What does Nero now see? He sees the ultimate expression of God’s anger, God’s anger against Rome, but let’s stand back and look at the anger. Who is God really angry at? Right now, as Nero is descending on Jerusalem, who is God angry at? The answer is, he is angry at His people. He is angry at the Jewish people, he is ready to destroy His house. What level of anger, so to speak, is the Almighty God feeling? It’s 9.2 level anger. He is ready to destroy Jerusalem. And now, let’s say Rome goes through with it. Let’s say Rome destroys Jerusalem. How angry should God be with Rome? Rome destroyed God’s people, but it’s a little complicated, right? They were sort of God’s agents, so He can’t be that angry at Rome. You know, a 3 and a half or 4 level of anger at Rome. But that’s not the level of anger that God will feel according to the verse; that’s not what the child tells Nero. Venatati et-nikmati b’Edom, ‘and I will destroy Rome with my vengeance.’ God, what are You doing, You are taking out a 9.2 level of anger at us! Who are you angry at with your 9.2 level? So the Jews, you are dumping on us. In the words of Gemara, kudsha berich hu bai lechruvei beiteih, ‘The holy one, wants to destroy his own house’, u’bai lechapurei yadeih behahu gavra, ‘and he wants to wash his hands with me? I am getting out of here,’ Nero says. Nero retreats, converts to Judaism.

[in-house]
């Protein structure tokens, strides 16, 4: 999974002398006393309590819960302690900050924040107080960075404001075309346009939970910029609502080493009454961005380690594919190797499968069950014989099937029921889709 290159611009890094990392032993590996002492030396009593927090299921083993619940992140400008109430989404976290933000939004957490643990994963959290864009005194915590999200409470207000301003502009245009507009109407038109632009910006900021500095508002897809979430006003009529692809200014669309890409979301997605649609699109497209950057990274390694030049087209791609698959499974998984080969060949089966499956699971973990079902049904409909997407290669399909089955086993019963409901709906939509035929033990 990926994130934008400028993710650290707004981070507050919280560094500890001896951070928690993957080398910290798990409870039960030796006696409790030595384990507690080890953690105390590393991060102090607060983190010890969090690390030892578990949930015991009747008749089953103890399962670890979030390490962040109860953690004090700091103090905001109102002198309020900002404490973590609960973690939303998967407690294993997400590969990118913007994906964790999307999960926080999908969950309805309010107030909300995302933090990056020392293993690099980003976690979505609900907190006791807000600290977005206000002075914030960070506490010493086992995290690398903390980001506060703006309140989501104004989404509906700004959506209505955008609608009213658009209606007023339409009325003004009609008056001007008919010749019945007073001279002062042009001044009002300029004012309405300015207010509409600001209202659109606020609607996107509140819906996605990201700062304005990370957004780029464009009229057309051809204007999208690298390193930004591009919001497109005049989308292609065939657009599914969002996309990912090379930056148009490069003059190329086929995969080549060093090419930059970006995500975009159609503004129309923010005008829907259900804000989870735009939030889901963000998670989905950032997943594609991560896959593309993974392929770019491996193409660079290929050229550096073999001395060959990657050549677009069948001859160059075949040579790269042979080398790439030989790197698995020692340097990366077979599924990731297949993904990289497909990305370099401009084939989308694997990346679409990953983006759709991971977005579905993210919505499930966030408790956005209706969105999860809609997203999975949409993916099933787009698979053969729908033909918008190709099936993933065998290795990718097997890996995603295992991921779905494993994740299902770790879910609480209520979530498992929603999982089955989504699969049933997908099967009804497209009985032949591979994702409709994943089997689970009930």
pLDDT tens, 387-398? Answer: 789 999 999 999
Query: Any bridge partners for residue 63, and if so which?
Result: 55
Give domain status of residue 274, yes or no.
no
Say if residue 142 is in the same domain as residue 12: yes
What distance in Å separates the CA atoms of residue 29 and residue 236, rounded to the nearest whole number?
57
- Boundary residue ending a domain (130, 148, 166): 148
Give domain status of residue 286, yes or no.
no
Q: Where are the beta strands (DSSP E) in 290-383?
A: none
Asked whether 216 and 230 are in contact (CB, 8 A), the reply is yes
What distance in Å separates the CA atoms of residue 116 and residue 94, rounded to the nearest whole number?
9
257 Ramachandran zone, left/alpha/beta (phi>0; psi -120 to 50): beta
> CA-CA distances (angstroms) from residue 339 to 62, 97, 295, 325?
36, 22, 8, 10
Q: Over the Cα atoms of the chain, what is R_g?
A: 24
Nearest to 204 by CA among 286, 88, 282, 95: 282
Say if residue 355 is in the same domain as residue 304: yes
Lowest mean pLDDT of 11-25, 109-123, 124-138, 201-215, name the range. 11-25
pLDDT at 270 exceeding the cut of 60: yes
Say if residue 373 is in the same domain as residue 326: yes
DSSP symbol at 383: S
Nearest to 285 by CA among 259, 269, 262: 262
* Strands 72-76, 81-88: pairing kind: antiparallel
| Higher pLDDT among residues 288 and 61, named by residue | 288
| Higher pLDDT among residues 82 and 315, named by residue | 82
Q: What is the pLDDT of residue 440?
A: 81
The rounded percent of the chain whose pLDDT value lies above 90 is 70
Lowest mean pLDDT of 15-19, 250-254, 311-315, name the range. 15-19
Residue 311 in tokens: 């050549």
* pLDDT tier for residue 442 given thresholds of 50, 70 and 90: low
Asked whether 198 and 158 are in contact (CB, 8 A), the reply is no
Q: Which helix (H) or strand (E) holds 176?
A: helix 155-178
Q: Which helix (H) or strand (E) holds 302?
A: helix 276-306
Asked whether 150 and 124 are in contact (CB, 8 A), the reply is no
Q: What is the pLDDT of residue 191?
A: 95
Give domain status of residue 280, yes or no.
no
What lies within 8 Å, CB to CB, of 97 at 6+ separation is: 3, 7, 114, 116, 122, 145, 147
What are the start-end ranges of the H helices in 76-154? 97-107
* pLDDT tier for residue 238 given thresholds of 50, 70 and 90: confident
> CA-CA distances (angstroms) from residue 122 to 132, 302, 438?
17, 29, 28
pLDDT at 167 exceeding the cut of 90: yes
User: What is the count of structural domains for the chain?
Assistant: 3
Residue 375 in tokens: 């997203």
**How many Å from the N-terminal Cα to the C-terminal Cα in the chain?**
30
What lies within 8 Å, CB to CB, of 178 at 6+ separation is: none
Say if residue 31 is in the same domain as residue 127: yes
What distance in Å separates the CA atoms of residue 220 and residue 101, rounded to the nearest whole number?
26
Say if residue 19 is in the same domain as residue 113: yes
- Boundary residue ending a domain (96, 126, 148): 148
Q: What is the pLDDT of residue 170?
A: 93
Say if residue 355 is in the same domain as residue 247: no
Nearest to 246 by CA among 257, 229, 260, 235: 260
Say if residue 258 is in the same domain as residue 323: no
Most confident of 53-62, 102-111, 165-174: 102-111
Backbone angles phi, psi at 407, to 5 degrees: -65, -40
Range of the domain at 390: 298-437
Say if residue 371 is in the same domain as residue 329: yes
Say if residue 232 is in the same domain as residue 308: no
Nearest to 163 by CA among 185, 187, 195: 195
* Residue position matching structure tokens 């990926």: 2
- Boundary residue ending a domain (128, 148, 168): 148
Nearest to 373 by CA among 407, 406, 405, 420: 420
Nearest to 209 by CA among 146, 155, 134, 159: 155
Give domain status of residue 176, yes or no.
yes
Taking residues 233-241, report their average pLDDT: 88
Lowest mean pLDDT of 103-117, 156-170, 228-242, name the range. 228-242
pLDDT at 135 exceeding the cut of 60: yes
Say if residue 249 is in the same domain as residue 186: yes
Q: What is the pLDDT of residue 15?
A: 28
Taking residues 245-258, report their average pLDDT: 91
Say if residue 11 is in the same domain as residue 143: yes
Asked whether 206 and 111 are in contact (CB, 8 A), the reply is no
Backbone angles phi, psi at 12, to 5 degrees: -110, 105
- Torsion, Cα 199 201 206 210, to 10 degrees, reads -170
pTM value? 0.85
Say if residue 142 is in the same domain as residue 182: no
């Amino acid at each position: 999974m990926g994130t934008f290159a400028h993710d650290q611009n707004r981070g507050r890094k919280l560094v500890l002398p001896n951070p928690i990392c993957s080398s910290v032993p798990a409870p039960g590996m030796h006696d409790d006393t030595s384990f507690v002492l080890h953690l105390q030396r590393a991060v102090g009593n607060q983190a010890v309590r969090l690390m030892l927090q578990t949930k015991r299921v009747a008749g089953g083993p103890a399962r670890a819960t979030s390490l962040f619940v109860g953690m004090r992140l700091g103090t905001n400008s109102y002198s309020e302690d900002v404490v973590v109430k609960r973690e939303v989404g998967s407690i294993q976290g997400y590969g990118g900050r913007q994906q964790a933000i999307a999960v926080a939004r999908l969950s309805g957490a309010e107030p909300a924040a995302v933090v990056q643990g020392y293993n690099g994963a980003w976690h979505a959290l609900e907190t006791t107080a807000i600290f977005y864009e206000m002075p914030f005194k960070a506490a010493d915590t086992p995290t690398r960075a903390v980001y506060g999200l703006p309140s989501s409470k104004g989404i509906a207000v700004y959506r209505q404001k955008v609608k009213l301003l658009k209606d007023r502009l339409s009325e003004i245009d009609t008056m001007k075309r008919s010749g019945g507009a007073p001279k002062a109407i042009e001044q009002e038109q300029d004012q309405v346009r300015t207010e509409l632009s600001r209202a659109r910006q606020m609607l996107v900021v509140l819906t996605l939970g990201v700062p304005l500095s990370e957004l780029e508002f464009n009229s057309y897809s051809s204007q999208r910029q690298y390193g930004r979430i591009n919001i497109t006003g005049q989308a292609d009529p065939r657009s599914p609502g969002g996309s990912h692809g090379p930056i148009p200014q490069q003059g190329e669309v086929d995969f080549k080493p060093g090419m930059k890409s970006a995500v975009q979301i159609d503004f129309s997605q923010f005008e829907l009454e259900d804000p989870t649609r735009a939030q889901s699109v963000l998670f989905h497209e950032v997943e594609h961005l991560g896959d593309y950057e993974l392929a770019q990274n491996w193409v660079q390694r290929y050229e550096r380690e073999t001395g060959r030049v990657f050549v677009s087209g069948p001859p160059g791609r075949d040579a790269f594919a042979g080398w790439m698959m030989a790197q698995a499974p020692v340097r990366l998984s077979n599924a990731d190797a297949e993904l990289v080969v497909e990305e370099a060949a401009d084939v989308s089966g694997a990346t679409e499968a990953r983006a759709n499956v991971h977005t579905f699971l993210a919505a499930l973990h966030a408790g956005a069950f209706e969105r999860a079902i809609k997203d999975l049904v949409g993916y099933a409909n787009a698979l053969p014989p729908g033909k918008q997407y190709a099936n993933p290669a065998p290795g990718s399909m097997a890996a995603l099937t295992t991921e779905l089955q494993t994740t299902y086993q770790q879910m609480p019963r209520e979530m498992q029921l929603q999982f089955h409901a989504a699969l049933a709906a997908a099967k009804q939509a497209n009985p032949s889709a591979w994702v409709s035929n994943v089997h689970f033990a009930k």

Who is the hero of this story? Strangely, it is Nero. He is the only one who puts a stop to this. What’s happening here? The Almighty God is mirroring the folly of his children. God is now coming to destroy the temple. Why? For the sin of baseless hatred. This baseless hatred that has created these chain reactions, getting out of control, consuming everything; and now, how will God destroy his people? In a mirror image of that hatred. I will use that same sort of corrupted, baseless rage that you, human beings, have been wielding so destructively. That itself will become the divine agent that I use to destroy Jerusalem. I am going to do with Nero, and then I am going to blame him.